You're a Grand Old Flag

George M. Cohan, 1906

What words describe the mood of this song? What kind of song is it? March. Close your eyes and imagine this song being played. In what circumstances do you imagine it being appropriate? When would this be an inappropriate patriotic song?

What was the appeal of this song in 1906? Flag Day and the Pledge of Allegiance also started then. What might explain this surge of patriotism in peacetime? The United States becoming a world power; influx of immigrants.

This song refers to the flag as "the emblem of the land I love." What other patriotic song revolve around the flag? "The Star-Spangled Banner," "The Stars and Stripes Forever," "The Battle Cry of Freedom." This song quotes several other songs. What are they? "Dixie's Land," "Marching Through Georgia," "Yankee Doodle Dandy," "Auld Lang Syne," "The Star-Spangled Banner." Why are they used?

What are other emblems of the United States? Where do we see these symbols? What attributes of the nation is each of these symbols associated with? Is the flag a more universal symbol than the others? Why? What makes it easier to adapt the flag to almost any circumstance, from parades to funerals to battles?

Why do people feel it is wrong to burn the flag? Do you agree? Should there be a constitutional amendment forbidding flag desecration? Would it conflict with the first amendment?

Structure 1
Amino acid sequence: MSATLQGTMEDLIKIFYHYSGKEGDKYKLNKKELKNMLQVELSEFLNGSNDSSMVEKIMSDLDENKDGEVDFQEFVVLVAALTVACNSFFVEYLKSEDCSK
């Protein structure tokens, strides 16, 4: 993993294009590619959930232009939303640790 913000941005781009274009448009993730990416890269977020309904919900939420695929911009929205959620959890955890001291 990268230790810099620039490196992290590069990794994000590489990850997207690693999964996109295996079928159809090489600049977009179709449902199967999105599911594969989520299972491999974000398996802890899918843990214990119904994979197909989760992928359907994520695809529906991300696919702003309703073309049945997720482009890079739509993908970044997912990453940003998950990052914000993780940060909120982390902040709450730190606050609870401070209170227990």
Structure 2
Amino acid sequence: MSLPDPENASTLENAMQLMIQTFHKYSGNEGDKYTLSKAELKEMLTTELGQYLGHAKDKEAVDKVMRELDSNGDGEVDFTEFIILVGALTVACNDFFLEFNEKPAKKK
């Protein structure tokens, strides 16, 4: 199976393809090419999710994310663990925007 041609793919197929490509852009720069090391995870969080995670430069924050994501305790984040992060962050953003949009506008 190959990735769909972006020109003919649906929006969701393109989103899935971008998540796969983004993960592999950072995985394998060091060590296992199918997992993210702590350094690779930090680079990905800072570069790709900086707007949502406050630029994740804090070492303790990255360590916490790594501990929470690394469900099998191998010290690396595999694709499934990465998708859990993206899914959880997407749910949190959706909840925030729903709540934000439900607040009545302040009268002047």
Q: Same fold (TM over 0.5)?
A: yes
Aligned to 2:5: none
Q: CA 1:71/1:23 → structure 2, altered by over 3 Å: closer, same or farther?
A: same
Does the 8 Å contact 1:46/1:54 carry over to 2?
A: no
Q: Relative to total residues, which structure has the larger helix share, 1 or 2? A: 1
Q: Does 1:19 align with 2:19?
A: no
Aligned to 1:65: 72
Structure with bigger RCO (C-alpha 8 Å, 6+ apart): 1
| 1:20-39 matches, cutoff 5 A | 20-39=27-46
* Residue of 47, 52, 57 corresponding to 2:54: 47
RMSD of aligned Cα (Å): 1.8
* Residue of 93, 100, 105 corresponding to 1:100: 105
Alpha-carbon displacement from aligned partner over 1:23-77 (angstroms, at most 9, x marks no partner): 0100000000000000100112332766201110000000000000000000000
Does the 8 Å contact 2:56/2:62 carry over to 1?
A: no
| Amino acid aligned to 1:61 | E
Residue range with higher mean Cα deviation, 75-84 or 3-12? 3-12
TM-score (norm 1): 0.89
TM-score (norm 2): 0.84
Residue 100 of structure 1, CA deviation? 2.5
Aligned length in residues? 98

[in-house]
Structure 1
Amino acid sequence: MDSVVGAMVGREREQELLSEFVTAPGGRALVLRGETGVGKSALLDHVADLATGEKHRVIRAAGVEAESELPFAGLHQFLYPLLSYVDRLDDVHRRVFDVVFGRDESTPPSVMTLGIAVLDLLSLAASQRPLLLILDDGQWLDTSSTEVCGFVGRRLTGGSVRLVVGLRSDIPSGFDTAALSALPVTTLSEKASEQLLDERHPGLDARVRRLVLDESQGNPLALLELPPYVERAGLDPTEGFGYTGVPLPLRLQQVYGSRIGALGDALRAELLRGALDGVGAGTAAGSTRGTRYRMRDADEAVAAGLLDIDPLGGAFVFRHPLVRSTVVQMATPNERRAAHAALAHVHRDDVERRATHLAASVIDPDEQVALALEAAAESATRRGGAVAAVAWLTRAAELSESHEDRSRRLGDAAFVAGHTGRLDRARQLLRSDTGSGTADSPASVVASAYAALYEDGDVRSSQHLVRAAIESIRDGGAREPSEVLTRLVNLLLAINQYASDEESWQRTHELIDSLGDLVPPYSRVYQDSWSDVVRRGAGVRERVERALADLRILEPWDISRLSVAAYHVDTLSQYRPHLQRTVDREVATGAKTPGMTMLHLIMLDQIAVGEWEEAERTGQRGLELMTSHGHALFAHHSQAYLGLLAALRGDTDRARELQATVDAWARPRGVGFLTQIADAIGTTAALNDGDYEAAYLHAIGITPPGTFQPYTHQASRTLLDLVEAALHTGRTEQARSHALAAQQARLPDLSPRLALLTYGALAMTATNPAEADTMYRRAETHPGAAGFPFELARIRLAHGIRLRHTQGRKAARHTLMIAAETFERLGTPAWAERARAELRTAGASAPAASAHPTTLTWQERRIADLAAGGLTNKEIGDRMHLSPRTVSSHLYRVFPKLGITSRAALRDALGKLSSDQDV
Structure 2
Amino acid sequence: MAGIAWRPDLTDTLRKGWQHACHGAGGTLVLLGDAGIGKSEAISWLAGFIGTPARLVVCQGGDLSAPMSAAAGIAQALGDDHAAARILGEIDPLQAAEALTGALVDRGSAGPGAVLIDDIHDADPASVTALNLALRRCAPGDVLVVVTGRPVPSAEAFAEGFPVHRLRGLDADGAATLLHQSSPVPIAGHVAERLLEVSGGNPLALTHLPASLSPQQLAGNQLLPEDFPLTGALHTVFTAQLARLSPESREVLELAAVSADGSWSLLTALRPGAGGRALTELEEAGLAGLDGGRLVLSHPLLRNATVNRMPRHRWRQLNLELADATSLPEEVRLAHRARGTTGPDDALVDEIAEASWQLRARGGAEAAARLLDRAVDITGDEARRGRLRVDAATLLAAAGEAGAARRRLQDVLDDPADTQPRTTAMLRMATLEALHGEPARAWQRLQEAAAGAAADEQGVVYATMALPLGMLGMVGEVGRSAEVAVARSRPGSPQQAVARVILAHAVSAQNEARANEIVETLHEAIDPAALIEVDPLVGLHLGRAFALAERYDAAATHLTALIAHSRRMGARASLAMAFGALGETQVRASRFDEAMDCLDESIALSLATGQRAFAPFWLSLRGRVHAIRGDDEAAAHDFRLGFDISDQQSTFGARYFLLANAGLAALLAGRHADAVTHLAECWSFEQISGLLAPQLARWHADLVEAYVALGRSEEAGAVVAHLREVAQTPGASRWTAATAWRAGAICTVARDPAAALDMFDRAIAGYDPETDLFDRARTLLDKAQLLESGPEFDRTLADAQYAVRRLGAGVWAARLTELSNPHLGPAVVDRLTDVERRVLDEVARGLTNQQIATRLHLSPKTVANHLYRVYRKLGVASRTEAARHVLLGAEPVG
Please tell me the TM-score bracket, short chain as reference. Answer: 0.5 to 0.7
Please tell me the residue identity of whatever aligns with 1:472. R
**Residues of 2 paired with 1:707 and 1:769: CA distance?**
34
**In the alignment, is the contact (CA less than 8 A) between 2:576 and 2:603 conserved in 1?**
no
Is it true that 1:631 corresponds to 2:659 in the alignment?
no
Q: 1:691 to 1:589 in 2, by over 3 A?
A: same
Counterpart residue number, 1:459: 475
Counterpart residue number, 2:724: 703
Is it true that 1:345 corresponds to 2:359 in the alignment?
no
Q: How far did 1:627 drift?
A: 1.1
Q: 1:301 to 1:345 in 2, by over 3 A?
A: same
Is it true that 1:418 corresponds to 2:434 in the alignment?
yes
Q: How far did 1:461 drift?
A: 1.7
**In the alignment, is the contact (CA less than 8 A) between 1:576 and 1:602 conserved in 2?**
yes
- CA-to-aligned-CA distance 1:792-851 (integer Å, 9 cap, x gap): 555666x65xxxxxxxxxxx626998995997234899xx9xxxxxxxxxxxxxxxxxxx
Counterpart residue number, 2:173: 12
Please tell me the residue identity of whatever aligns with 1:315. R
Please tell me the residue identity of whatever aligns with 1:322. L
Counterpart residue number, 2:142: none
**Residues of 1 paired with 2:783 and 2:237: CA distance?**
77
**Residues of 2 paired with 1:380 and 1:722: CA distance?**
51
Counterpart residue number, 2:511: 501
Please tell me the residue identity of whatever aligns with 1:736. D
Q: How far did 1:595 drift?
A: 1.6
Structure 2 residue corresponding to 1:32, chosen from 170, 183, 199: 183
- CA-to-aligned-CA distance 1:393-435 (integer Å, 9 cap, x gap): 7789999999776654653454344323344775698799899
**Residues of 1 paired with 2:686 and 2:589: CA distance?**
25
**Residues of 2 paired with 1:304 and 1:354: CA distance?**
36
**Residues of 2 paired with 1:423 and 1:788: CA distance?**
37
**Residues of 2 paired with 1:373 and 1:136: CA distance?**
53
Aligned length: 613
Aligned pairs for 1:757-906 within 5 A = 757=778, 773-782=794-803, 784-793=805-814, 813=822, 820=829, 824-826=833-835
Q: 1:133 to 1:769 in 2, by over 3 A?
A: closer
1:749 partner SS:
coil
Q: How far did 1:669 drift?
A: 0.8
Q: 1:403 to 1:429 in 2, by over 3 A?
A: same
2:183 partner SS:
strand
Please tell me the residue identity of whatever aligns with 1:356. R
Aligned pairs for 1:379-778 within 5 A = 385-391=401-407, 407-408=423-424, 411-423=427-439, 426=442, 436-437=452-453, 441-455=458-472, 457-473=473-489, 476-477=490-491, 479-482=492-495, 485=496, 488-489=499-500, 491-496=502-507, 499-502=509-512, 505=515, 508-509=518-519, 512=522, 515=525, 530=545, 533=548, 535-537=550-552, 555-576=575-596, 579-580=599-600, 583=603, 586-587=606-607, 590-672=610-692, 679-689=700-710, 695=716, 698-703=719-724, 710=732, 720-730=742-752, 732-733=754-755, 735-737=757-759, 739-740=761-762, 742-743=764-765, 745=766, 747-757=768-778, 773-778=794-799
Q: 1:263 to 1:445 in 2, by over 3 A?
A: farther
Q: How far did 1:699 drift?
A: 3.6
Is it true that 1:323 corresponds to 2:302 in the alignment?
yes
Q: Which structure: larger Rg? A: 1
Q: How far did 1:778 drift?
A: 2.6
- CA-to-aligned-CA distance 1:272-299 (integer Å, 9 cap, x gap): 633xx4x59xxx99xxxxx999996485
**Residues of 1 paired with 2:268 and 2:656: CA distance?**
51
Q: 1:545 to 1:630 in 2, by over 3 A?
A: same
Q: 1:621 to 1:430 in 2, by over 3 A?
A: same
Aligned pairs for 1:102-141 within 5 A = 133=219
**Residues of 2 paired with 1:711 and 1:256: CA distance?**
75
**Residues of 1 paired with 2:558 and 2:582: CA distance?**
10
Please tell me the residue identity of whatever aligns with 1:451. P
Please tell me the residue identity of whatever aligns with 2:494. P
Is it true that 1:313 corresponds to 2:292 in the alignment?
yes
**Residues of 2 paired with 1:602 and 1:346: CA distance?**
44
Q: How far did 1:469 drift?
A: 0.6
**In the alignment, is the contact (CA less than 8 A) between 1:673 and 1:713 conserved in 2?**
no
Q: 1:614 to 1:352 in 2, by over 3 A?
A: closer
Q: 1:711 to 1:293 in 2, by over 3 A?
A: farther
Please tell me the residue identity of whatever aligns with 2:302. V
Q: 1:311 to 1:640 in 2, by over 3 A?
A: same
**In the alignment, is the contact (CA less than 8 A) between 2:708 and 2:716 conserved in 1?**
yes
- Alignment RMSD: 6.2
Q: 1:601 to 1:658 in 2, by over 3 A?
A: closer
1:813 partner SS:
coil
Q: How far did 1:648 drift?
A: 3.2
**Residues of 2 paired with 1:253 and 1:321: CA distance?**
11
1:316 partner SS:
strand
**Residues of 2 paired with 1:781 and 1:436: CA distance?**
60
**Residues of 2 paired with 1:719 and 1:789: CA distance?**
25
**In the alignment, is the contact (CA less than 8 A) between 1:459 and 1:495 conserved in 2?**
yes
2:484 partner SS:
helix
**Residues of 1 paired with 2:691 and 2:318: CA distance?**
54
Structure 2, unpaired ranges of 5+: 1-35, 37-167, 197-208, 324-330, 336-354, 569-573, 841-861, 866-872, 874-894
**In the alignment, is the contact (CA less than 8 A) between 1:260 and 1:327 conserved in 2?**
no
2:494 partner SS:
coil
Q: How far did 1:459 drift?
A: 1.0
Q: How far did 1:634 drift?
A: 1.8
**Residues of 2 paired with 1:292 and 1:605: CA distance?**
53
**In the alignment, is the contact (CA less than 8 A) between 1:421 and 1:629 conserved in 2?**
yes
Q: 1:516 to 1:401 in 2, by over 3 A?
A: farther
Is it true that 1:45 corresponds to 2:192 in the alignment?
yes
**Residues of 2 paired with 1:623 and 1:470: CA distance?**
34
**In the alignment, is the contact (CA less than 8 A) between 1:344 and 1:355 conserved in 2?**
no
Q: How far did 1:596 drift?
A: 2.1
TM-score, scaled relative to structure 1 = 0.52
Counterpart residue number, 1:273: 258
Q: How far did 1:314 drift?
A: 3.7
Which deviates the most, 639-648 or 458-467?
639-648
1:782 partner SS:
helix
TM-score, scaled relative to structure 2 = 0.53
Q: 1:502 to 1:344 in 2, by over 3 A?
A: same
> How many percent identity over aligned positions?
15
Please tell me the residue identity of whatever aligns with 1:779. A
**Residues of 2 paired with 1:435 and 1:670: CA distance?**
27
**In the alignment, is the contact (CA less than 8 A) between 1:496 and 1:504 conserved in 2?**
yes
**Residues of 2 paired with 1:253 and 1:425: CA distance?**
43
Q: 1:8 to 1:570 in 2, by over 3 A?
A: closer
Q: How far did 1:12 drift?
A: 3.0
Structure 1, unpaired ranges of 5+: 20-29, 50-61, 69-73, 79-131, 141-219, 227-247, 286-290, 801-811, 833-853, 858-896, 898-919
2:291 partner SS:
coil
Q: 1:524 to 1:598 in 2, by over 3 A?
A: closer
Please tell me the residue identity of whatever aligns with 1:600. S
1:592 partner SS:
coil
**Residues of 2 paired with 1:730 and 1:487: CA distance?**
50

"The Grand Old Rag" performed by Billy Murray on The Billy Murray Anthology: The Denver Nightingale, St. Joseph, IL: Archeophone Records, © 2003. Available on iTunes, Spotify, on YouTube.

Billy Murray (1877–1954) made this recording in 1906. It retains the original vaudeville text "grand old rag" and highlights some of the interesting features of this song. The accompaniment uses characteristic marching band (e.g., military) instruments. Other patriotic melodies appear throughout the song, for example a short quote of "Auld Lang Syne" is heard in the introduction, while "Dixie's Land" ("Way down south in the land of cotton") and "Marching Through Georgia" ("Hurrah! Hurrah!") are referred to in the text as well as the music.

View the lyrics for "You're A Grand Old Flag."

View the published score.

George M. Cohan, ca. 1918
George M. Cohan

George Cohan composed this song for his musical George Washington, Jr. Reportedly, the text initially read "you're a grand old rag" and was sung while Cohan wrapped the flag around himself. Audiences felt he was insulting the flag, however, so he changed the text to "you're a grand old flag."

This song was especially popular at the time due to the general increase in nationalistic activities. The Pledge of Allegiance, for example, was becoming standard in classrooms and Flag Day was first proclaimed in 1916 (though it wouldn't be officially celebrated until 1949). The establishment of these nationalistic symbols was instrumental in increasing the patriotic zeal evident in this song.

Tar: Sailor.

GAR: Grand Army of the Republic, another name for the Union army.

Compare this song to:

"The Star-Spangled Banner" (Unit 3)

"The Battle Cry of Freedom"

"The Stars and Stripes Forever" (Unit 5)

Write lyrics using one of our other emblems: the eagle, Uncle Sam, Liberty, or the liberty bell.

Create a poster that says visually what this song says musically.

"The New Collossus" by Emma Lazarus